It could just be that they had an off first week, just like they did last year. Seattle is just the kind of elite offense that can ruthlessly expose any defensive weakness. Getting Rhodes back should be a big boost for the secondary, and I’m excited for what a healthy Turay can do for the pass rush alongside Paye and Buckner. I’m even more excited for Odeyingbo’s eventual debut, but I’m not counting on Hurricane Dayo being in full force this season.
I’m hoping and expecting Lewis and Banogu to play a more prominent role and make more of an impact throughout the season than we saw on Sunday. So there are reasons to think the Colts defense can still be the elite unit we hoped and expected this year.
The Colt’s schedule should get easier after week two, although there are still several tricky matchups to navigate. Tennessee had a worse day at the office than the Colts, getting soundly beaten by the Cardinals. The Colts only have to wait until week three to face Tennessee.
The Colt’s main aim this season is to win the AFC South and enjoy the excellent playoff seeding that would be their reward. Despite their win, I’d be shocked if the Texans were competitive, and the Jaguars’ bad loss to the Texans suggests they certainly haven’t leaped forward. They’d need to win the division. That leaves the Colts and Titans to battle it out between each other once again.
As underwhelming as the Colts were against the Seahawks, Tennessee was worse against Arizona. Arizona and Chandler Jones, in particular, obliterated their offensive line. Their great offensive skill players were neutralized, had no pass rush, and Murray torched their secondary.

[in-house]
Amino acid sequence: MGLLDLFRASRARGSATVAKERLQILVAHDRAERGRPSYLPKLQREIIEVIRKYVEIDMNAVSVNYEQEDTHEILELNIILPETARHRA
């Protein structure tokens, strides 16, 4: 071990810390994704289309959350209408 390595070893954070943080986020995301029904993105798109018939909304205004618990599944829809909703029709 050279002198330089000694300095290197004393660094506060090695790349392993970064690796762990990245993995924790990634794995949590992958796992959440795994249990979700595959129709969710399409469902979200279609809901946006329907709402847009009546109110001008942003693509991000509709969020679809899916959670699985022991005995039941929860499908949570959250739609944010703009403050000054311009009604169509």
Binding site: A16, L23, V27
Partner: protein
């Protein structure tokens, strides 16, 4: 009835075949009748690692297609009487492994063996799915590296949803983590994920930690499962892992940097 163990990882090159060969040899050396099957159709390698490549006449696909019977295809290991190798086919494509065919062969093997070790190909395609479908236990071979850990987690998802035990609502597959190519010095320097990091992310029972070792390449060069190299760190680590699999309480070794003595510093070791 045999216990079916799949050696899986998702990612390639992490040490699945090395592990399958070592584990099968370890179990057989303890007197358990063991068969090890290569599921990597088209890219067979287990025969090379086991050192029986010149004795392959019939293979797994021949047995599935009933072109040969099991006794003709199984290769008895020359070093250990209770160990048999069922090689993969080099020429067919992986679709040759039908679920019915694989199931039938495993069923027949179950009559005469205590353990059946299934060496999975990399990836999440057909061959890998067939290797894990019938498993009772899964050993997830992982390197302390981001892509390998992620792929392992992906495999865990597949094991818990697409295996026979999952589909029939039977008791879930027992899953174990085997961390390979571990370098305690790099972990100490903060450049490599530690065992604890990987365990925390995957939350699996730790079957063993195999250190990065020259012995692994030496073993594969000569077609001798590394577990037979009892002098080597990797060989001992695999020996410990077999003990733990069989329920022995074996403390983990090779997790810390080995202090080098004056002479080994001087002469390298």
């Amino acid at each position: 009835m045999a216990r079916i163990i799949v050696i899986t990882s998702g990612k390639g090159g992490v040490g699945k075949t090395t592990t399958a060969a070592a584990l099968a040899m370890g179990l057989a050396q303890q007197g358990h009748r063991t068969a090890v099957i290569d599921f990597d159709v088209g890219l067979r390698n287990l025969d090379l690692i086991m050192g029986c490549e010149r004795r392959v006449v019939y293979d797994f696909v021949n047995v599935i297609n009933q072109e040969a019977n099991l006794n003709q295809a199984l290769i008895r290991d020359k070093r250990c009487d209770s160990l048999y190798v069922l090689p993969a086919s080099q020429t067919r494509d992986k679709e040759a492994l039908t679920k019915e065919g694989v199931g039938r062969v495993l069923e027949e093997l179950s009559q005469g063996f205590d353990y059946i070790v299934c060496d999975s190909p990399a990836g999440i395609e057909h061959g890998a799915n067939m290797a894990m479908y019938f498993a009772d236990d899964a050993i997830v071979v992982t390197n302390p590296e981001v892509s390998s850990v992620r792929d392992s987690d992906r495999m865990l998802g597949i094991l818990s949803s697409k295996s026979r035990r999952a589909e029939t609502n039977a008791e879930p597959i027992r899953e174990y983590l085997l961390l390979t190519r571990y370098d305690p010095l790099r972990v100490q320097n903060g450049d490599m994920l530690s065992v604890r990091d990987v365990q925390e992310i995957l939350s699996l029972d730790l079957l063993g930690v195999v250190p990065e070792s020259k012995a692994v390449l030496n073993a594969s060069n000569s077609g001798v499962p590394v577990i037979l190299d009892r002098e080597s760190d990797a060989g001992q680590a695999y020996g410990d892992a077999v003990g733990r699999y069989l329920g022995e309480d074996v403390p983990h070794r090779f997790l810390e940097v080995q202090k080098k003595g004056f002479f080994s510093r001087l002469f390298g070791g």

I’m confident the Titans will play better for the rest of the season, but I don’t expect them to improve as quickly or clearly as the Colts. Indianapolis can point to big players like Kelly, Smith, and Leonard, likely playing to their usual levels for the rest of the season. The Titan’s offensive line and defense don’t have those same big names you can pinpoint as the players capable of playing better overnight.
The Colts play Miami in week four. Miami is a good team who just beat the Patriots, but it wasn’t a spectacular victory, and I’m not high on New England this year. It wouldn’t surprise me if Miami did make the playoffs this year, but I expect the Colts to beat them.
Suddenly, the Colts could be back to 2-2. Next up, Baltimore should be a challenge, but I don’t expect to be meaningfully better than they were last year. In week six, the Colt’s first game against the Texans, a game they should win decisively. Six games in, the Colts could easily be 4-2 or 3-3.
The rest of the season includes two games against the Jaguars and another game each against the Texans and Titans. Win all those games, and the division is almost secured. Outside of the division, Indianapolis should be favorites against the Jets, Patriots, and Raiders.
Even the more challenging games are certainly winnable. Tampa only just beat a Dallas team, whom I don’t expect to make the playoffs, the Bills lost to the Steelers, having looked insipid in the second half, and the 49ers did their best to give Detroit as many points as they could at the end of their game. The Cardinals certainly looked good against the Titans, but last year raised questions about their ability to sustain that level of performance throughout the season.
Just as I don’t think you should read too much into the Colt’s prospects for the season based on week one, we shouldn’t jump to conclusions about any of the Colt’s opponents this season based on one game. But I think there are clearly enough winnable games on the Colt’s schedule this year for them to win the AFC South if they improve the way I expect them to.
Of course, it’ll be at least several weeks before we know whether or not I’m right to be optimistic for the Colts season. Until then, enjoy the return of the NFL and all the highs and lows it entails.